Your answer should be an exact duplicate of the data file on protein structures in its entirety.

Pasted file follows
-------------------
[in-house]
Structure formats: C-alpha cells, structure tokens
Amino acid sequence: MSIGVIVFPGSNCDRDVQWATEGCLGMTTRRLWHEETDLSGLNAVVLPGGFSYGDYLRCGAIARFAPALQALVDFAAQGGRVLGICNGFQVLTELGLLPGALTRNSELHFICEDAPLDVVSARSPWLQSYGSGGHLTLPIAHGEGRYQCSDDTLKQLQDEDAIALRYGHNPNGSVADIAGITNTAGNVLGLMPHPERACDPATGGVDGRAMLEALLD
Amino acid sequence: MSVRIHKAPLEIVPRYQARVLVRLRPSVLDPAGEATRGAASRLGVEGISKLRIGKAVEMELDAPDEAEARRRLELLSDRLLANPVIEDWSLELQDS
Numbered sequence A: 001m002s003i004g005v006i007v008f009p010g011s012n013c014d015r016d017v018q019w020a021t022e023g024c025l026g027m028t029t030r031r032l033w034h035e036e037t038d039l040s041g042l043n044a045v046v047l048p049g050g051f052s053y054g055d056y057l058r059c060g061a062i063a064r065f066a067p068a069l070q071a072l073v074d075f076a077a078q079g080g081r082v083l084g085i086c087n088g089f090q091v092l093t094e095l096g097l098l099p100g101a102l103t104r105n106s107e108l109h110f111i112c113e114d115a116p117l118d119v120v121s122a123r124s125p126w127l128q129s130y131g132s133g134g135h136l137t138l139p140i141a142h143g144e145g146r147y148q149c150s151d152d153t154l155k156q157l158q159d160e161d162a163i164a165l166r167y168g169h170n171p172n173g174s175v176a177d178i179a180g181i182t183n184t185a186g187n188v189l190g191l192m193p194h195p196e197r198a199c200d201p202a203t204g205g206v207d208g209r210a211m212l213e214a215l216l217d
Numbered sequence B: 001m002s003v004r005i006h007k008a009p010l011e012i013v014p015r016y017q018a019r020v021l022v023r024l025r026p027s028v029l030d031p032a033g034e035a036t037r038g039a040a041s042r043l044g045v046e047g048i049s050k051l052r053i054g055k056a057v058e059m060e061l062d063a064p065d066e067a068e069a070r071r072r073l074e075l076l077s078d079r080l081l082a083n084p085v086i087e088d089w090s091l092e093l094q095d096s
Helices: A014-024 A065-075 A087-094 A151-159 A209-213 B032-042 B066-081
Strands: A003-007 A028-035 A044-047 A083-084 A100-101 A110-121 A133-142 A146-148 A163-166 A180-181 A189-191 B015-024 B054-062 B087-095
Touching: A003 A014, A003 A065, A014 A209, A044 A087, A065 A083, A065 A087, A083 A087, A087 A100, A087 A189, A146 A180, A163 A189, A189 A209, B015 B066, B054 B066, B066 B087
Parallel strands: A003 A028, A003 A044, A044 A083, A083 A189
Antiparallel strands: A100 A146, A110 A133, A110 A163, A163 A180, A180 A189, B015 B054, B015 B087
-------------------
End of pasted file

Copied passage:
[in-house]
Structure formats: C-alpha cells, structure tokens
Amino acid sequence: MSIGVIVFPGSNCDRDVQWATEGCLGMTTRRLWHEETDLSGLNAVVLPGGFSYGDYLRCGAIARFAPALQALVDFAAQGGRVLGICNGFQVLTELGLLPGALTRNSELHFICEDAPLDVVSARSPWLQSYGSGGHLTLPIAHGEGRYQCSDDTLKQLQDEDAIALRYGHNPNGSVADIAGITNTAGNVLGLMPHPERACDPATGGVDGRAMLEALLD
Amino acid sequence: MSVRIHKAPLEIVPRYQARVLVRLRPSVLDPAGEATRGAASRLGVEGISKLRIGKAVEMELDAPDEAEARRRLELLSDRLLANPVIEDWSLELQDS
Numbered sequence A: 001m002s003i004g005v006i007v008f009p010g011s012n013c014d015r016d017v018q019w020a021t022e023g024c025l026g027m028t029t030r031r032l033w034h035e036e037t038d039l040s041g042l043n044a045v046v047l048p049g050g051f052s053y054g055d056y057l058r059c060g061a062i063a064r065f066a067p068a069l070q071a072l073v074d075f076a077a078q079g080g081r082v083l084g085i086c087n088g089f090q091v092l093t094e095l096g097l098l099p100g101a102l103t104r105n106s107e108l109h110f111i112c113e114d115a116p117l118d119v120v121s122a123r124s125p126w127l128q129s130y131g132s133g134g135h136l137t138l139p140i141a142h143g144e145g146r147y148q149c150s151d152d153t154l155k156q157l158q159d160e161d162a163i164a165l166r167y168g169h170n171p172n173g174s175v176a177d178i179a180g181i182t183n184t185a186g187n188v189l190g191l192m193p194h195p196e197r198a199c200d201p202a203t204g205g206v207d208g209r210a211m212l213e214a215l216l217d
Numbered sequence B: 001m002s003v004r005i006h007k008a009p010l011e012i013v014p015r016y017q018a019r020v021l022v023r024l025r026p027s028v029l030d031p032a033g034e035a036t037r038g039a040a041s042r043l044g045v046e047g048i049s050k051l052r053i054g055k056a057v058e059m060e061l062d063a064p065d066e067a068e069a070r071r072r073l074e075l076l077s078d079r080l081l082a083n084p085v086i087e088d089w090s091l092e093l094q095d096s
Helices: A014-024 A065-075 A087-094 A151-159 A209-213 B032-042 B066-081
Strands: A003-007 A028-035 A044-047 A083-084 A100-101 A110-121 A133-142 A146-148 A163-166 A180-181 A189-191 B015-024 B054-062 B087-095
Touching: A003 A014, A003 A065, A014 A209, A044 A087, A065 A083, A065 A087, A083 A087, A087 A100, A087 A189, A146 A180, A163 A189, A189 A209, B015 B066, B054 B066, B066 B087
Parallel strands: A003 A028, A003 A044, A044 A083, A083 A189
Antiparallel strands: A100 A146, A110 A133, A110 A163, A163 A180, A180 A189, B015 B054, B015 B087